The Local Government Association (LGA) has highlighted the need for more consistency in approaches to data security in the care provider sector.
This comes after it commissioned an assessment of the sector’s digital maturity, the broad results of which were outlined at the UKAuthority Digital Health and Social Care Conference on Friday.
Abby Vella, from the LGA’s Care and Health Improvement Programme, said it has run an exercise over the past year with the support of the Care Provider Alliance and NHS Digital that has included an assessment of data and digital security in the sector.
It came partly in response to the spread of the WannaCry virus two years ago, which affected many NHS organisations and had an indirect effect on some councils and care providers.
“We know that data security is just as much about the non-digital or physical information as electronic information,” Vella said. “The purpose of the programme was to pick up both elements from a social care perspective.”
The LGA commissioned the Institute of Public Care, part of Oxford Brookes University, to carry out on-site work with 70 care providers across three local authority areas – Bedfordshire, North Yorkshire and Greenwich – to assess digital maturity and data security. It took in care homes, home care organisations and others.
This was backed up by the Telecare Services Association doing some similar work with call monitoring centres.
Vella said the findings have confirmed what the LGA had heard anecdotally. Among the main points is that it is a challenge to get care providers engaged in the programme, especially in talking about data and cyber security in a way that resonates with them. But the feedback from those that did get involved was overwhelmingly positive, with feedback on the benefits once they did begin to address the issues.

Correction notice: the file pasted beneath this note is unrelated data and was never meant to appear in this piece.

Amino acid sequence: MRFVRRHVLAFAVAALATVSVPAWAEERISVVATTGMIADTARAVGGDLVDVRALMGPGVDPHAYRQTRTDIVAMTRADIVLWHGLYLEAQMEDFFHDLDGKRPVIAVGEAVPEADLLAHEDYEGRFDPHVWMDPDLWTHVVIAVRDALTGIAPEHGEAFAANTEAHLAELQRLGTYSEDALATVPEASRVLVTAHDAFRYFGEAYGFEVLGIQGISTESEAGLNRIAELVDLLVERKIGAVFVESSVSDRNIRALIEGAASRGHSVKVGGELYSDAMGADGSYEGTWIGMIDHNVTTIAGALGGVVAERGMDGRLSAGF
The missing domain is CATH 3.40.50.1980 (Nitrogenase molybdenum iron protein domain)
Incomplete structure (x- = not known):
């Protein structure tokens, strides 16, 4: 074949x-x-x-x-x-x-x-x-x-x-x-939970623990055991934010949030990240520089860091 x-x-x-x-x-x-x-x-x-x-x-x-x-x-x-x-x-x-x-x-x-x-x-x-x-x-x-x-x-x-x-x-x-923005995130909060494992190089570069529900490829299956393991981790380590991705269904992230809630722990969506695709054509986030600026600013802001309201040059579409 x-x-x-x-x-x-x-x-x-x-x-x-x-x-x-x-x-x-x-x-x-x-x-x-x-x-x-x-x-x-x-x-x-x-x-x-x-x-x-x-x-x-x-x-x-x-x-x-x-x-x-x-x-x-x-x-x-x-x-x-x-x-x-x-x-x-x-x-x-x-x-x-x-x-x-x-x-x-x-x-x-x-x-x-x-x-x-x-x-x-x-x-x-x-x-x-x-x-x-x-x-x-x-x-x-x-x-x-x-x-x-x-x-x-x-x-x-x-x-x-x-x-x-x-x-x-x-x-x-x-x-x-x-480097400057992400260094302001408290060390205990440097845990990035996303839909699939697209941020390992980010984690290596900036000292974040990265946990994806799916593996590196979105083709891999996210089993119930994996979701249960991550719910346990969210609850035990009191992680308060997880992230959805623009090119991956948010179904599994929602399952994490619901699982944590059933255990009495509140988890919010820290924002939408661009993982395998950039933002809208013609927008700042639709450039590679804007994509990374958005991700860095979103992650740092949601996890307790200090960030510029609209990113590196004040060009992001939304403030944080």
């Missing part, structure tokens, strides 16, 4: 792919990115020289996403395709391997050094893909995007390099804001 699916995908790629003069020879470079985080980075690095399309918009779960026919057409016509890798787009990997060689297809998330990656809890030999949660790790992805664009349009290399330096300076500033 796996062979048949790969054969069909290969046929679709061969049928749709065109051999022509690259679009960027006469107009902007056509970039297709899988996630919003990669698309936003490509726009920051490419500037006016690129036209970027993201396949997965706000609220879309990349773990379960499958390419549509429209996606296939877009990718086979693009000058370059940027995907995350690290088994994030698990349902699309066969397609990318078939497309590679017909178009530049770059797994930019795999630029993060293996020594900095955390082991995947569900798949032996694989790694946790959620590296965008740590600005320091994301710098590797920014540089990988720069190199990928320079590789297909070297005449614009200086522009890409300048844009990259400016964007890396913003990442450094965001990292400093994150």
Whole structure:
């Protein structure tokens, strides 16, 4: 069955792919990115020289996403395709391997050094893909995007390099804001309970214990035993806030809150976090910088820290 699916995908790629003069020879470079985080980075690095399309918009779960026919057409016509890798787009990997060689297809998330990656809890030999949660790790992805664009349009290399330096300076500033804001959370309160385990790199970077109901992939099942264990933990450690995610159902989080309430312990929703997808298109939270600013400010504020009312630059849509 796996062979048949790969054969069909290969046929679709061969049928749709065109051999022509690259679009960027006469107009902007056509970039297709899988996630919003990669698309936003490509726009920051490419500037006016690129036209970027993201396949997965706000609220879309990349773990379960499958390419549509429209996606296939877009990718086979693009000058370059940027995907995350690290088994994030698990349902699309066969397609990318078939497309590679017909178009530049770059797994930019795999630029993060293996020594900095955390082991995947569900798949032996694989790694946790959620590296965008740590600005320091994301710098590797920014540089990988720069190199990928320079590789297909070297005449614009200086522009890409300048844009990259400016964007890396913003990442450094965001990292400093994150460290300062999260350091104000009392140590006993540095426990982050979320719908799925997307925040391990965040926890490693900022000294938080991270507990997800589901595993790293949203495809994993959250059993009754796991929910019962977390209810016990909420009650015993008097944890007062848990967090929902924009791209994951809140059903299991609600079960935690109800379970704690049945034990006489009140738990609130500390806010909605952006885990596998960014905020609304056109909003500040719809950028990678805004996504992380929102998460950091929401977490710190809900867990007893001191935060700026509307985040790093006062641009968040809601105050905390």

One problem to emerge is that the inspection process for care providers often involves them being asked to provide paper copies of files when digital copies already exist, and when information is sent to them it often has restrictions attached.
While plenty of care providers have plans to increase their use of digital, they often need to strengthen their arrangements in some areas, such as password management, mobile device security and contingency testing.
Overall, the project showed there is a mix of approaches in the sector, falling into three personas: those that continue to rely largely on paper; those using a blend of digital and paper; and those predominantly focused on digital.
“We know 70 care providers is a small number compared to the total, but it is interesting to note that in the programme there was a fairly even split with roughly a third falling into each persona,” Vella said.
A number of recommendations are emerging from the research. Care providers are urged to review their procedures around mobile working, password security and back-up testing, and to ensure they carry out due diligence on cloud and third party IT suppliers.
Councils commissioning the care should be helping to raise awareness of security issues among providers, explore more consistent approaches to procurement and consider on-site assessments to incorporate aspects of data security.
In addition, the national bodies involved should be looking to provide clear and tailored support on the issue for the care providers.
Vella said the final report is scheduled to be published this week by the Institute of Public Care, and that it will be hosting webinars during June and July to share the findings more widely.
The LGA has secured funding for further work in the area next year, and plans to provide grants to encourage collaboration between councils and care providers.
Image from iStock, abluecup